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Respiratory Health Tips


Beat That Winter Cold
The best way to lower the odds of coming down with a cold this season may be to grab a drum. Don't laugh -- a new study shows that group drumming, which has been practiced for centuries, boosts the immune system's "natural killer" cells, which destroy viruses and help head off cancer. (It's even been used to help calm autism and Alzheimer's patients.) While some experts doubt that a temporary post-drumming surge in immune cells can actually ward off disease, others say the musical technique is worth a try. So the next time you start to sniffle, beat it!

Cold and Cold Sore Prevention
Stress and cold weather weaken our immune system and allow viruses to replicate.

To prevent cold sores and the common cold:
1. Take 1 Stress tab (Multiple B vitamin complex) every day.
2. Take in increased amounts of lysine found in dairy products and potatoes or use a lysine supplement.
3. Avoid foods rich in arginine, such as chocolate, cola, peas, grain cereals, peanuts and beer.
4. Eat lots of yogurt.
5. Use a zinc supplement daily

Cold Care
Rest in bed if you have a fever.
Drink lots of liquids. They help clear out your respiratory tract. This can help prevent other problems, like bronchitis.
Take aspirin, acetaminophen, ibuprofen or naproxen sodium for muscle aches and pains.
(Note: Do not give aspirin or any medication containing salicylates to anyone 19 years of age or younger, unless directed by a physician, due to its association with Reye's Syndrome, a potentially fatal condition).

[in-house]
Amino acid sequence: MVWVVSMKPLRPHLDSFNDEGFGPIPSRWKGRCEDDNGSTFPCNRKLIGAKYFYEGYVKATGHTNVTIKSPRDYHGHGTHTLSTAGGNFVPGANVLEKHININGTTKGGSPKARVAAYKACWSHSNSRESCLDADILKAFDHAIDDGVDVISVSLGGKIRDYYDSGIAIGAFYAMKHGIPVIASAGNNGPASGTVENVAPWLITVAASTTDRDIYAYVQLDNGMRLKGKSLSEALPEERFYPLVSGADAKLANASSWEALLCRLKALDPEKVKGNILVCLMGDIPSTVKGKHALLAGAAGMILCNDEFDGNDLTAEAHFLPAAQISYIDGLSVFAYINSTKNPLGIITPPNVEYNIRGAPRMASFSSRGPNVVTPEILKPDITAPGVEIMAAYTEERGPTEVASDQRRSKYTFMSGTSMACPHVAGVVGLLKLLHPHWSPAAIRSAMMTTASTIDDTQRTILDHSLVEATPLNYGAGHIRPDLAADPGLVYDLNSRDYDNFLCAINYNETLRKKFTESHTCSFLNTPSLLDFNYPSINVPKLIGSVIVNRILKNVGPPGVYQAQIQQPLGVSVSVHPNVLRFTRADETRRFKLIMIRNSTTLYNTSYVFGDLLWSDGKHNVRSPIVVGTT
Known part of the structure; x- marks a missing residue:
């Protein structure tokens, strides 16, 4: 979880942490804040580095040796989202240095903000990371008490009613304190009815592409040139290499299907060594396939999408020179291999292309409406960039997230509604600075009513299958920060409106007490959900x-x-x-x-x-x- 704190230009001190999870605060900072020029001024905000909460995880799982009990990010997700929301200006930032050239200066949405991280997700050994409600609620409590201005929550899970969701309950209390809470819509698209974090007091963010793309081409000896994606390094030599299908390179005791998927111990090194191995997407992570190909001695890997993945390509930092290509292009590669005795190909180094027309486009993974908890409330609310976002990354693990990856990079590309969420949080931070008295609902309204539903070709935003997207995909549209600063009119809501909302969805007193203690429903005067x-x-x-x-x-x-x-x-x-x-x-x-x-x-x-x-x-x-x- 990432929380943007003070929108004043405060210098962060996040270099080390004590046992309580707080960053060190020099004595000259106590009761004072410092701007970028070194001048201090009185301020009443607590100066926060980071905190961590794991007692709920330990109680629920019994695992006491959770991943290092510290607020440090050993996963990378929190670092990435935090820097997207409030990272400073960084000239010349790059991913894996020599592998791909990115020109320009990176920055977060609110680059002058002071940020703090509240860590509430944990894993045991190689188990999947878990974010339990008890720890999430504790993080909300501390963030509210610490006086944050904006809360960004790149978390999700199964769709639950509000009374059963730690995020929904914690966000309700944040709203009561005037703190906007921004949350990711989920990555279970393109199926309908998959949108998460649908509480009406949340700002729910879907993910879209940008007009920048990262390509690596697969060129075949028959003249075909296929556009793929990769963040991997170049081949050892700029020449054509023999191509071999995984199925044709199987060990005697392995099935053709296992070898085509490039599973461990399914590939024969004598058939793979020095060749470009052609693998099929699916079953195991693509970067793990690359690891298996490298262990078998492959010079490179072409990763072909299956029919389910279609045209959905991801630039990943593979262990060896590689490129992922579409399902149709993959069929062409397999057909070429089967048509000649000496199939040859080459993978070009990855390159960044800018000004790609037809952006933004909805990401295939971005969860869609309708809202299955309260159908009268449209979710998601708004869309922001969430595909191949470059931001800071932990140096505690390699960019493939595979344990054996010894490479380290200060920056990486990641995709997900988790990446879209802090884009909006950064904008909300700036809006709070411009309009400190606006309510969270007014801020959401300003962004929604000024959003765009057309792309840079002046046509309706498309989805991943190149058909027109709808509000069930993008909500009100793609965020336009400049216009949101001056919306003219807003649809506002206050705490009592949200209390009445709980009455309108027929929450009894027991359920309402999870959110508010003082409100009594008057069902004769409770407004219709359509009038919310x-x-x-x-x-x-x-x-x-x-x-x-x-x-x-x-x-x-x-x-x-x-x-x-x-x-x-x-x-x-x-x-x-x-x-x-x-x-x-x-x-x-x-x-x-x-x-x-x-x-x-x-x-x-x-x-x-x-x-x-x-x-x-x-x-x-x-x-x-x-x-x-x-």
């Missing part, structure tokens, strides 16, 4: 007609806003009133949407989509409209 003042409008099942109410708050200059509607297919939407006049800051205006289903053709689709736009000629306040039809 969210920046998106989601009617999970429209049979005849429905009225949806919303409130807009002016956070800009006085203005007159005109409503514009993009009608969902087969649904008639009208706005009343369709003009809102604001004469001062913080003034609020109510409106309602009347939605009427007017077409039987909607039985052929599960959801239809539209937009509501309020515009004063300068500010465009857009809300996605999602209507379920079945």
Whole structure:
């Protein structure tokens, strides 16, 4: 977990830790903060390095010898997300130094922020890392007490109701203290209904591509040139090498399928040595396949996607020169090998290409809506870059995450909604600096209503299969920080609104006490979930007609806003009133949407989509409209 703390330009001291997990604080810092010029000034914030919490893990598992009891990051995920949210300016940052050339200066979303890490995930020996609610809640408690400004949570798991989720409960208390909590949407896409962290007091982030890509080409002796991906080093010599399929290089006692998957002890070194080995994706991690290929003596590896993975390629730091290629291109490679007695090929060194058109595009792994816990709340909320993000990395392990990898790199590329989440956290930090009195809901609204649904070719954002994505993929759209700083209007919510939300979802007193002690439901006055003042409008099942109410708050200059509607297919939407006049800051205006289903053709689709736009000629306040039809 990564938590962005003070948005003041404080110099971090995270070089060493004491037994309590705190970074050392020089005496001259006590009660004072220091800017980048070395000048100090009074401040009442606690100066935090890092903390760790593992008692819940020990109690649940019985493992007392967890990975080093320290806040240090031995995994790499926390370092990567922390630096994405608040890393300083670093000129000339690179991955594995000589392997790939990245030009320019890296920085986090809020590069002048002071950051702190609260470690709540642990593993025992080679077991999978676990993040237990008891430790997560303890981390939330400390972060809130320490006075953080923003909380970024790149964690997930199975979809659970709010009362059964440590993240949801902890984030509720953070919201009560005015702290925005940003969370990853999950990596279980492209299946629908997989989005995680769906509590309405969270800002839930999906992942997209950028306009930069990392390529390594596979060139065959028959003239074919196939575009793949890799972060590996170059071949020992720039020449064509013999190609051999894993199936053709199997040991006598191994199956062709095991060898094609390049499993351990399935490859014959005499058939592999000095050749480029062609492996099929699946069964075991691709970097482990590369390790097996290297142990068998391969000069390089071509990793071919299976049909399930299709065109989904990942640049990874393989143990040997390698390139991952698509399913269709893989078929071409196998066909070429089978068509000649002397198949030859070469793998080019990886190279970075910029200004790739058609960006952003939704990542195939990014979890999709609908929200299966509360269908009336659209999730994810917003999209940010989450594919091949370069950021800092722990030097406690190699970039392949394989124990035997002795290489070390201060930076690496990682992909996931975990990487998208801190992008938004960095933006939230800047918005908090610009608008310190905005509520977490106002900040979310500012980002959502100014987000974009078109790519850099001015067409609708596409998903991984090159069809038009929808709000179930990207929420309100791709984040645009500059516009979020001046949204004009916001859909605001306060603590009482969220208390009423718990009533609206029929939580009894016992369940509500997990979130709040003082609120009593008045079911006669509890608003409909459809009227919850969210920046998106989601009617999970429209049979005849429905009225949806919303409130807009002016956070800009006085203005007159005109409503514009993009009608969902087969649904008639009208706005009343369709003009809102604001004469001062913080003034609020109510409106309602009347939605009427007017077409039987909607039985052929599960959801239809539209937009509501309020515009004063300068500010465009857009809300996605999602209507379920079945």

Use salt water drops to relieve nasal congestion. Mix 1/2 teaspoon of salt in 1 cup of warm water. Place in a clean container. Put 3 to 4 drops into each nostril several times a day, with a clean medicine dropper.

If you have a sore throat:
Gargle every few hours with a solution of 1/4 teaspoon of salt dissolved in 1/2 cup of warm water.
Drink tea with lemon (with or without honey).
Suck on a piece of hard candy or medicated lozenge every so often. (Do not give to children under age 5).
Use a cool-mist vaporizer or humidifier to add moisture to the room.
Check with your doctor before trying vitamin C or zinc lozenges. It seems to make some people feel better when they have a cold.

Cold Prevention
Wash your hands often. Keep them away from your nose, eyes, and mouth.
Try not to touch people or their things when they have a cold, especially the first 2-3 days they have the cold. This is the most contagious stage.
Get lots of exercise. Eat and sleep well.
Use a handkerchief or tissues when you sneeze, cough, or blow your nose. This helps keep you from passing cold viruses to others.
Use a "cool mist" vaporizer in your bedroom in the winter.

Cold Sore Remedies
1. Dab on witch hazel or zinc lozenge solution to dry it.
2. Take in increased amounts of lysine found in dairy products and potatoes or use a lysine supplement.
3. Avoid foods rich in arginine, such as chocolate, cola, peas, grain cereals, peanuts and beer.
4. Replace your toothbrush because it can harbor the herpes virus for days.
5. Use small tubes of toothpaste instead of large ones because of the chance of contamination of the tube with your toothbrush.

Cold Symptoms
Runny nose
Fever of 101 F or less
Sore throat
Dry cough

Colds and Dry Air
Most people catch colds by inhaling the cold virus from someone who is ill or by having hand-to-hand contact with them. Contrary to popular belief, cold air won't make you more vulnerable to catching a cold, but dry air will.